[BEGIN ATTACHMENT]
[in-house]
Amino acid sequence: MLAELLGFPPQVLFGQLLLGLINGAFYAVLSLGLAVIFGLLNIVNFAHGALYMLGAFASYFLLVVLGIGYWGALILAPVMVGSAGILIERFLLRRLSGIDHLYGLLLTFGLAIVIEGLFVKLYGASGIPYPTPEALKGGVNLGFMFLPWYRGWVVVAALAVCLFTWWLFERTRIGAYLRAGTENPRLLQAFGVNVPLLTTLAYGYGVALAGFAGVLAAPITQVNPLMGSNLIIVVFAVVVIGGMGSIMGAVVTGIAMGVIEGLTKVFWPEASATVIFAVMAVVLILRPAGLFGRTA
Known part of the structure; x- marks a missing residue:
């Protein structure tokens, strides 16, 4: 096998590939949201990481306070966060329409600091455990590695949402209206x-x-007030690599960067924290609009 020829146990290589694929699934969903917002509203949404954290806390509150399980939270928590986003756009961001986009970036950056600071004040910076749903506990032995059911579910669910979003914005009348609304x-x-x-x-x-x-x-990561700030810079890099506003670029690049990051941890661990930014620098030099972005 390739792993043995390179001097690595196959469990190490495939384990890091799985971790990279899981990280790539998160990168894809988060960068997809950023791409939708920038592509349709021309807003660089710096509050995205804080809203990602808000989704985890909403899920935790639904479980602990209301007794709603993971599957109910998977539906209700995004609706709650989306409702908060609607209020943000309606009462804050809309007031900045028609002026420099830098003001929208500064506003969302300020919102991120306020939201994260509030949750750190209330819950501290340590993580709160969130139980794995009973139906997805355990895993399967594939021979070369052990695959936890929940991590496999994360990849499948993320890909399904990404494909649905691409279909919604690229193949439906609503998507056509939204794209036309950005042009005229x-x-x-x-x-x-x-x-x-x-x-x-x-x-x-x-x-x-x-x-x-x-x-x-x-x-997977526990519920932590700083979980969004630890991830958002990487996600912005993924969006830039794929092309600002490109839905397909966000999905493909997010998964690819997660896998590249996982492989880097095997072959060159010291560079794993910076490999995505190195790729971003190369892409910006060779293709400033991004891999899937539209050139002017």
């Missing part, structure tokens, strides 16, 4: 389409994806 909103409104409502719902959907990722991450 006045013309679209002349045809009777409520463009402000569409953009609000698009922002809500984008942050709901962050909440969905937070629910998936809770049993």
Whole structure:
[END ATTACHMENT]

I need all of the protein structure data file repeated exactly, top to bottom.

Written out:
[in-house]
Amino acid sequence: MLAELLGFPPQVLFGQLLLGLINGAFYAVLSLGLAVIFGLLNIVNFAHGALYMLGAFASYFLLVVLGIGYWGALILAPVMVGSAGILIERFLLRRLSGIDHLYGLLLTFGLAIVIEGLFVKLYGASGIPYPTPEALKGGVNLGFMFLPWYRGWVVVAALAVCLFTWWLFERTRIGAYLRAGTENPRLLQAFGVNVPLLTTLAYGYGVALAGFAGVLAAPITQVNPLMGSNLIIVVFAVVVIGGMGSIMGAVVTGIAMGVIEGLTKVFWPEASATVIFAVMAVVLILRPAGLFGRTA
Known part of the structure; x- marks a missing residue:
């Protein structure tokens, strides 16, 4: 096998590939949201990481306070966060329409600091455990590695949402209206x-x-007030690599960067924290609009 020829146990290589694929699934969903917002509203949404954290806390509150399980939270928590986003756009961001986009970036950056600071004040910076749903506990032995059911579910669910979003914005009348609304x-x-x-x-x-x-x-990561700030810079890099506003670029690049990051941890661990930014620098030099972005 390739792993043995390179001097690595196959469990190490495939384990890091799985971790990279899981990280790539998160990168894809988060960068997809950023791409939708920038592509349709021309807003660089710096509050995205804080809203990602808000989704985890909403899920935790639904479980602990209301007794709603993971599957109910998977539906209700995004609706709650989306409702908060609607209020943000309606009462804050809309007031900045028609002026420099830098003001929208500064506003969302300020919102991120306020939201994260509030949750750190209330819950501290340590993580709160969130139980794995009973139906997805355990895993399967594939021979070369052990695959936890929940991590496999994360990849499948993320890909399904990404494909649905691409279909919604690229193949439906609503998507056509939204794209036309950005042009005229x-x-x-x-x-x-x-x-x-x-x-x-x-x-x-x-x-x-x-x-x-x-x-x-x-x-997977526990519920932590700083979980969004630890991830958002990487996600912005993924969006830039794929092309600002490109839905397909966000999905493909997010998964690819997660896998590249996982492989880097095997072959060159010291560079794993910076490999995505190195790729971003190369892409910006060779293709400033991004891999899937539209050139002017």
């Missing part, structure tokens, strides 16, 4: 389409994806 909103409104409502719902959907990722991450 006045013309679209002349045809009777409520463009402000569409953009609000698009922002809500984008942050709901962050909440969905937070629910998936809770049993």
Whole structure: